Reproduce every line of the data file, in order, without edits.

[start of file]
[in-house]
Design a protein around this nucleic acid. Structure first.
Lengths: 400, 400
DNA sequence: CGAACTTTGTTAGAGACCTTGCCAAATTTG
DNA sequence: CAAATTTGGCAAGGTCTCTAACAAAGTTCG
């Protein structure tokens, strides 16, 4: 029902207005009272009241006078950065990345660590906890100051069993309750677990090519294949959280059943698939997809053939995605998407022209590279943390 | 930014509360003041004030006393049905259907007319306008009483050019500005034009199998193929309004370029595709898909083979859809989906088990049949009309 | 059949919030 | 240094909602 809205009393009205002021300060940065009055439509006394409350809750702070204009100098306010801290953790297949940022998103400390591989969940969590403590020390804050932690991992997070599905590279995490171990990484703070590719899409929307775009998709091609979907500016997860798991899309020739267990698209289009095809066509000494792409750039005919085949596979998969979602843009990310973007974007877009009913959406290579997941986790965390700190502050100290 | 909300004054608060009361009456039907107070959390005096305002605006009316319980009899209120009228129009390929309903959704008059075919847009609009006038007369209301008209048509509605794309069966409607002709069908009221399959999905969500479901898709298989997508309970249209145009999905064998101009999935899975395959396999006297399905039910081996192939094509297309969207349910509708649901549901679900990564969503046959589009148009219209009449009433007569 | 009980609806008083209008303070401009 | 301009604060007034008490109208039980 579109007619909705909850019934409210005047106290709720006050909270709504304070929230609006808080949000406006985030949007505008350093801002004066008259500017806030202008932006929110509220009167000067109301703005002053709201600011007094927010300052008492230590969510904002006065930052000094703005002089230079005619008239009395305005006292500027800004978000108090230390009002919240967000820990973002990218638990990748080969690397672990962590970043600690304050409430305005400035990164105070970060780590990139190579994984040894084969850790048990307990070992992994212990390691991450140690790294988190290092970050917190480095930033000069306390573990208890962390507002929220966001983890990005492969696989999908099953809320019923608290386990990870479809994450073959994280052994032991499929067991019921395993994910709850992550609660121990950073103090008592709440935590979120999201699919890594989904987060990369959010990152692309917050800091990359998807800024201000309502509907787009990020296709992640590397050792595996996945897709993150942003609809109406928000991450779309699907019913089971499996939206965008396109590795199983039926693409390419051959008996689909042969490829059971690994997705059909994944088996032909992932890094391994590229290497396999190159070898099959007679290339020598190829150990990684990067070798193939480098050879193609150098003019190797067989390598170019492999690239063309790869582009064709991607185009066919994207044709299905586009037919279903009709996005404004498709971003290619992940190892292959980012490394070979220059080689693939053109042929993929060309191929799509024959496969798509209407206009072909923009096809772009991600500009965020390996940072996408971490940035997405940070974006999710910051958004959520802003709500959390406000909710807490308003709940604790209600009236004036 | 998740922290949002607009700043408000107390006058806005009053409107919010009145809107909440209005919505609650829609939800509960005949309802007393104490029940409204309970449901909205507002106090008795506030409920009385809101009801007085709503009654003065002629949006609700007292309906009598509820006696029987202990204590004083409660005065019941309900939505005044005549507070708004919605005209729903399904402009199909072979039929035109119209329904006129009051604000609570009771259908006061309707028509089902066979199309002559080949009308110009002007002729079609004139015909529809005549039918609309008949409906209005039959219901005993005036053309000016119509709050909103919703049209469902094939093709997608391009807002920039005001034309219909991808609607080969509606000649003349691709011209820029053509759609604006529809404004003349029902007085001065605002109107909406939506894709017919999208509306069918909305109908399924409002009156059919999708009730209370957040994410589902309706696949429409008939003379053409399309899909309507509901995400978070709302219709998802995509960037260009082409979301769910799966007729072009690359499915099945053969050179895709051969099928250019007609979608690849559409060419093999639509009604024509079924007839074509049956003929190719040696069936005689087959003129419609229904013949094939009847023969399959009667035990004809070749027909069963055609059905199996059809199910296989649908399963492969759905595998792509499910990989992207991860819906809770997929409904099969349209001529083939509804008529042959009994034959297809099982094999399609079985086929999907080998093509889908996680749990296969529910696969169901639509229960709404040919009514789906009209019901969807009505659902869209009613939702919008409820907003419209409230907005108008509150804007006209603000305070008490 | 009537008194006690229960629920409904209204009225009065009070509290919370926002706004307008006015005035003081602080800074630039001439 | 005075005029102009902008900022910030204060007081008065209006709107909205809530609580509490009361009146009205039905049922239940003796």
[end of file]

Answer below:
[in-house]
Design a protein around this nucleic acid. Structure first.
Lengths: 400, 400
DNA sequence: CGAACTTTGTTAGAGACCTTGCCAAATTTG
DNA sequence: CAAATTTGGCAAGGTCTCTAACAAAGTTCG
């Protein structure tokens, strides 16, 4: 029902207005009272009241006078950065990345660590906890100051069993309750677990090519294949959280059943698939997809053939995605998407022209590279943390 | 930014509360003041004030006393049905259907007319306008009483050019500005034009199998193929309004370029595709898909083979859809989906088990049949009309 | 059949919030 | 240094909602 809205009393009205002021300060940065009055439509006394409350809750702070204009100098306010801290953790297949940022998103400390591989969940969590403590020390804050932690991992997070599905590279995490171990990484703070590719899409929307775009998709091609979907500016997860798991899309020739267990698209289009095809066509000494792409750039005919085949596979998969979602843009990310973007974007877009009913959406290579997941986790965390700190502050100290 | 909300004054608060009361009456039907107070959390005096305002605006009316319980009899209120009228129009390929309903959704008059075919847009609009006038007369209301008209048509509605794309069966409607002709069908009221399959999905969500479901898709298989997508309970249209145009999905064998101009999935899975395959396999006297399905039910081996192939094509297309969207349910509708649901549901679900990564969503046959589009148009219209009449009433007569 | 009980609806008083209008303070401009 | 301009604060007034008490109208039980 579109007619909705909850019934409210005047106290709720006050909270709504304070929230609006808080949000406006985030949007505008350093801002004066008259500017806030202008932006929110509220009167000067109301703005002053709201600011007094927010300052008492230590969510904002006065930052000094703005002089230079005619008239009395305005006292500027800004978000108090230390009002919240967000820990973002990218638990990748080969690397672990962590970043600690304050409430305005400035990164105070970060780590990139190579994984040894084969850790048990307990070992992994212990390691991450140690790294988190290092970050917190480095930033000069306390573990208890962390507002929220966001983890990005492969696989999908099953809320019923608290386990990870479809994450073959994280052994032991499929067991019921395993994910709850992550609660121990950073103090008592709440935590979120999201699919890594989904987060990369959010990152692309917050800091990359998807800024201000309502509907787009990020296709992640590397050792595996996945897709993150942003609809109406928000991450779309699907019913089971499996939206965008396109590795199983039926693409390419051959008996689909042969490829059971690994997705059909994944088996032909992932890094391994590229290497396999190159070898099959007679290339020598190829150990990684990067070798193939480098050879193609150098003019190797067989390598170019492999690239063309790869582009064709991607185009066919994207044709299905586009037919279903009709996005404004498709971003290619992940190892292959980012490394070979220059080689693939053109042929993929060309191929799509024959496969798509209407206009072909923009096809772009991600500009965020390996940072996408971490940035997405940070974006999710910051958004959520802003709500959390406000909710807490308003709940604790209600009236004036 | 998740922290949002607009700043408000107390006058806005009053409107919010009145809107909440209005919505609650829609939800509960005949309802007393104490029940409204309970449901909205507002106090008795506030409920009385809101009801007085709503009654003065002629949006609700007292309906009598509820006696029987202990204590004083409660005065019941309900939505005044005549507070708004919605005209729903399904402009199909072979039929035109119209329904006129009051604000609570009771259908006061309707028509089902066979199309002559080949009308110009002007002729079609004139015909529809005549039918609309008949409906209005039959219901005993005036053309000016119509709050909103919703049209469902094939093709997608391009807002920039005001034309219909991808609607080969509606000649003349691709011209820029053509759609604006529809404004003349029902007085001065605002109107909406939506894709017919999208509306069918909305109908399924409002009156059919999708009730209370957040994410589902309706696949429409008939003379053409399309899909309507509901995400978070709302219709998802995509960037260009082409979301769910799966007729072009690359499915099945053969050179895709051969099928250019007609979608690849559409060419093999639509009604024509079924007839074509049956003929190719040696069936005689087959003129419609229904013949094939009847023969399959009667035990004809070749027909069963055609059905199996059809199910296989649908399963492969759905595998792509499910990989992207991860819906809770997929409904099969349209001529083939509804008529042959009994034959297809099982094999399609079985086929999907080998093509889908996680749990296969529910696969169901639509229960709404040919009514789906009209019901969807009505659902869209009613939702919008409820907003419209409230907005108008509150804007006209603000305070008490 | 009537008194006690229960629920409904209204009225009065009070509290919370926002706004307008006015005035003081602080800074630039001439 | 005075005029102009902008900022910030204060007081008065209006709107909205809530609580509490009361009146009205039905049922239940003796």